In January 2009, FHA's maximum loan limit will return to $362,790, unless the U.S. Congress approves bipartisan legislation to permanently increase loan limits as part of the FHA Modernization bill, which is still awaiting final approval on Capitol Hill.
"In January 2009 the loan limits will return to their previous setting," Jackson said. "We need a more permanent solution. So our next step must be to modernize the 74-year-old FHA. Two years ago, before the downturn, we introduced an FHA modernization bill to Congress. Our plan offers flexible down payment requirements and higher loan limits. It would also enable the FHA to fairly price premiums, taking risk into account so the market makes rational decisions. We don't want anyone caught by surprise again. FHA modernization could help a quarter of a million families this year alone. It passed the House and Senate in overwhelmingly bipartisan fashion. But a final bill has yet to reach the President. Congress must act-now!"
Jackson noted that the Administration could not wait for Congress to act. "Last August, the President and I introduced FHASecure. It helps responsible families who, having paid their bills on-time under the original interest rate, find themselves falling behind under the reset rate. For the first time, these delinquent families would be able to qualify for an FHA loan. 'Underwater' borrowers and those in the process of foreclosure may also qualify." Since August, FHA has helped 110,000 homeowners who were current or past due on their loans refinance with an additional 200,000 expected by year's end.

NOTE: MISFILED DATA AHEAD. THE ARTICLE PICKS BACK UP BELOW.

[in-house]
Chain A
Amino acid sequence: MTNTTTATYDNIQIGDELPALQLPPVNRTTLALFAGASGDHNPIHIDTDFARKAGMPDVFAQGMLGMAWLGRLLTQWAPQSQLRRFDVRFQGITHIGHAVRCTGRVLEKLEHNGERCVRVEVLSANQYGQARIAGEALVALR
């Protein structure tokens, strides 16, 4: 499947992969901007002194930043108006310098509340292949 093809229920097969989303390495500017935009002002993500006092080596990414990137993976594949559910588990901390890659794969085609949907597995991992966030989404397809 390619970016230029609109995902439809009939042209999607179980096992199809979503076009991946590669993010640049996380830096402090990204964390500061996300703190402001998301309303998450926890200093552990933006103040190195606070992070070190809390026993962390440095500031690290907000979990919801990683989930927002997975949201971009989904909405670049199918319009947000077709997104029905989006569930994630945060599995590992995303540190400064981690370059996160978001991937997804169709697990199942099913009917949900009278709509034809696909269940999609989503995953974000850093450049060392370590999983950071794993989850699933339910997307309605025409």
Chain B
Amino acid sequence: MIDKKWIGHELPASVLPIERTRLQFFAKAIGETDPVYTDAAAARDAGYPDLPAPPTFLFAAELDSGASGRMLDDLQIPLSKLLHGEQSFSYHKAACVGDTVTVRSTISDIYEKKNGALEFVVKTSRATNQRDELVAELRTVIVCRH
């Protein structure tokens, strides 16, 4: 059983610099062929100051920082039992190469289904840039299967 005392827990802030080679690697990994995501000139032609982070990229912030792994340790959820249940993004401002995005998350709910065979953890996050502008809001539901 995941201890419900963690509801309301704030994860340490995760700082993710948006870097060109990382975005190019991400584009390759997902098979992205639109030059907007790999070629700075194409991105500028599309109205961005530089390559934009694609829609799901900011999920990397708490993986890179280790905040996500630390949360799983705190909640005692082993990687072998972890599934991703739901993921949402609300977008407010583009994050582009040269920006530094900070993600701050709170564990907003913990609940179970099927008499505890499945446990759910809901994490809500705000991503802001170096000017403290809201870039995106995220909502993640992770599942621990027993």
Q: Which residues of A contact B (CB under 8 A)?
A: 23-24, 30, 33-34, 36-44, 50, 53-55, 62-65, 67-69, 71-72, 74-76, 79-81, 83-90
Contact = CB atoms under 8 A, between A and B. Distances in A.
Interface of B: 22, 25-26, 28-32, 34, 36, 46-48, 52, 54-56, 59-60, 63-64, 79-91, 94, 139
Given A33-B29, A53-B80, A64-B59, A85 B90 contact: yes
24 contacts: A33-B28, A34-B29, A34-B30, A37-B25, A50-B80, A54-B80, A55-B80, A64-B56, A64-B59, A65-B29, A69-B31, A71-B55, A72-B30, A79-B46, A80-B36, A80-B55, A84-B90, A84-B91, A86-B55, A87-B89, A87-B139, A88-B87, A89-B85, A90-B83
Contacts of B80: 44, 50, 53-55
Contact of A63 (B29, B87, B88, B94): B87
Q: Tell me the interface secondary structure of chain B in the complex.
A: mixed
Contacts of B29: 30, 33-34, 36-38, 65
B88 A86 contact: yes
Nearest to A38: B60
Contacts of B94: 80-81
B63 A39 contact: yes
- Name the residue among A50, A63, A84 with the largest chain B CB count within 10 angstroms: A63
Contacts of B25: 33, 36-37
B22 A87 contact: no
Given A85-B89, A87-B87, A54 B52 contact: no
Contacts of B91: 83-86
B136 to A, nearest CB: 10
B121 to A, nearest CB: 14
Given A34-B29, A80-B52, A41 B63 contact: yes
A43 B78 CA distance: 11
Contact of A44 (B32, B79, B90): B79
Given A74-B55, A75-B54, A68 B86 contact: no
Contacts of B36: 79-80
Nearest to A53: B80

Jackson also discussed the Administration's efforts with the Hope Now Alliance, and industry-led effort that has been reaching out to borrowers in trouble. Hope Now members have contacted over a half million homeowners. Their hotline now receives more than 4,500 calls a day. Industry has modified 1 million loans since the second half of last year, keeping homeowners in their homes.
"We can create the conditions for recovery," Jackson said. "We can make the boom-bust cycle shorter and shallower. We can replace gimmicks and shortcuts with transparency and honesty. And we can take the necessary steps to prevent foreclosure. That's right, foreclosure is not inevitable, it's preventable. And we have the tools to prevent it."
Discussing recent efforts in Congress to bail out lenders, which the Administration opposes, Jackson said" Americans are a fair people. They want to help. But they understand that the answer to an economic challenge must ultimately come from the people who drive the economy. They want the tools of recovery in their own hands. And they do not want to kill the spirit of opportunity that made this country great."
FHA loan limits are based on the county in which the property is located. However, for properties located in metropolitan or micropolitan statistical areas, the limit is set at that of the county with the highest limit within the metropolitan or micropolitan area.
The new temporary FHA loan limits are posted on the HUD website: https://entp.hud.gov/idapp/html/hicostlook.cfm and www.fha.gov. Read the loan limits mortgagee letter for additional details.
HUD is the nation's housing agency committed to increasing homeownership, particularly among minorities; creating affordable housing opportunities for low-income Americans; and supporting the homeless, elderly, people with disabilities and people living with AIDS. The Department also promotes economic and community development, and enforces the nation's fair housing laws. More information about HUD and its programs is available on the Internet and espanol.hud.gov. For more information about FHA products, please visit www.fha.gov.